First-of-its-kind study shows how people learn about extreme weather through tweets

Surprisingly, researchers found only limited misinformation when it came to information regarding climate change and related heat. Twitter is estimated to have hundreds of millions of active users since its launch in 2006.

University researchers said they’ve conducted a first-of-its-kind study that observed global Twitter activity, which revealed some positive aspects of social media during extreme weather.

A recent study by staff at Charles Darwin University in Australia and Paderborn University in Germany examined more than 60,000 tweets in 2022, with heat waves being the predominant subject.

When temperatures were well above average in Asia, South America, Australia and over the Atlantic and Pacific basins, researchers said 66% of climate-related tweets discussed the ongoing heat wave. Of those posts, 20% discussed its health impacts, and 17% were devoted to climate change.

During those times, the study showed that tweets that were first or posts by trusted users were viewed more credibly than those that spewed disinformation.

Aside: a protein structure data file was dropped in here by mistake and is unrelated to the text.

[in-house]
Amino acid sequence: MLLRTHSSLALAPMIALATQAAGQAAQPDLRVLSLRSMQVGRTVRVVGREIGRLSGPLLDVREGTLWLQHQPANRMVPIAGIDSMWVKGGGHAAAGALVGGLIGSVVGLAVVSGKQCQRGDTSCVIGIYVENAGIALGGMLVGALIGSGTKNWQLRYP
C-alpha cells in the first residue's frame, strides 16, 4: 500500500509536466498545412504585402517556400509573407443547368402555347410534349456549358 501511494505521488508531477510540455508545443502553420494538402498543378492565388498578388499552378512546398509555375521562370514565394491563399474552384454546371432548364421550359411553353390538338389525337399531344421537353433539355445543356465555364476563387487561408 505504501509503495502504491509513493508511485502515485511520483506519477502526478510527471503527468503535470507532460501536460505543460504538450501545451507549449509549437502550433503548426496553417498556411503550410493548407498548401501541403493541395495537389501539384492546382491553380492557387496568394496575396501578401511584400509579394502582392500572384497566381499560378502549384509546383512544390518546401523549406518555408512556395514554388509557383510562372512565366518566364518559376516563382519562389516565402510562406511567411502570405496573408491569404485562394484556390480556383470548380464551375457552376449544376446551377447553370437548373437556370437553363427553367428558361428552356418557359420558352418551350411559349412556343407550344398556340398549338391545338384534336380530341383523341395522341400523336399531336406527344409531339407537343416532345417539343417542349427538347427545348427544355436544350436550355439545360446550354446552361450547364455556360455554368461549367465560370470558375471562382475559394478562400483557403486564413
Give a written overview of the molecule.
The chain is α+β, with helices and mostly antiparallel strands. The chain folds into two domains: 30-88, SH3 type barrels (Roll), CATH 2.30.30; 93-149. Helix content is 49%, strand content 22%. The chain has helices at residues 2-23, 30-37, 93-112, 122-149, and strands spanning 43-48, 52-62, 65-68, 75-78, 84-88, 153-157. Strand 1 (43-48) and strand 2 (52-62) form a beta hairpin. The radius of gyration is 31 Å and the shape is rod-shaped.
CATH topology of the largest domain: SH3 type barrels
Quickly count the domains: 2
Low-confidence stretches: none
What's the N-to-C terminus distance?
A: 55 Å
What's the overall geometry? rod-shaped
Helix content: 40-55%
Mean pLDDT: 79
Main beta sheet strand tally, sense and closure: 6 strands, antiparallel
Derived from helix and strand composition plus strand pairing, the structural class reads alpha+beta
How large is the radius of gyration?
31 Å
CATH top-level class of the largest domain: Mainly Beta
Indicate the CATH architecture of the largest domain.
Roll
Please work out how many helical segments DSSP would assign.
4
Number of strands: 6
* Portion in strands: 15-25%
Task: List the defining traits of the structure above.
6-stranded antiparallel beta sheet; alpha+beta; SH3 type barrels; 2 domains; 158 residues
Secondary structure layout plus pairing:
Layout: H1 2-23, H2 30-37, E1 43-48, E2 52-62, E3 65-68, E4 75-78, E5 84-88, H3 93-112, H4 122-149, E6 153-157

Surprisingly, the research groups did not spot many accounts that produced misinformation in the specific climate realm.

"Our analysis suggests that many Twitter users are aware of heat or heat waves and that social media can help to disseminate information about extreme temperatures and weather updates," Kerstin Zander, an associate professor and the study's lead author, said in a statement. "The most prolific accounts belonged to individual scientists or scientific organizations. This suggests that people rely strongly on scientific information and traditional news channels during extreme weather events and that these channels are not having to compete with misinformation."

According to the study, tweets sent out by government emergency services did not particularly become popular, but nearly identical information gained more traction if a celebrity or well-known figure posted similar information.


Heat waves are the deadliest weather-related killer annually, with an estimated 1 million fatalities worldwide. These events form when air becomes trapped, and impacted communities bake like an oven. The unusually warm temperatures last at least two days and, in extreme circumstances, can last several weeks.

A limitation of the study is that researchers did not examine social media behaviors during summer in the Northern Hemisphere or posts on other social media sites.

As of 2012, Twitter reported having 100 million users, which is much less than competitors such as Facebook and Instagram.

The study said Twitter tends to be used by people who are seeking quick disaster information, while other platforms tend to go into more detail about a specific event.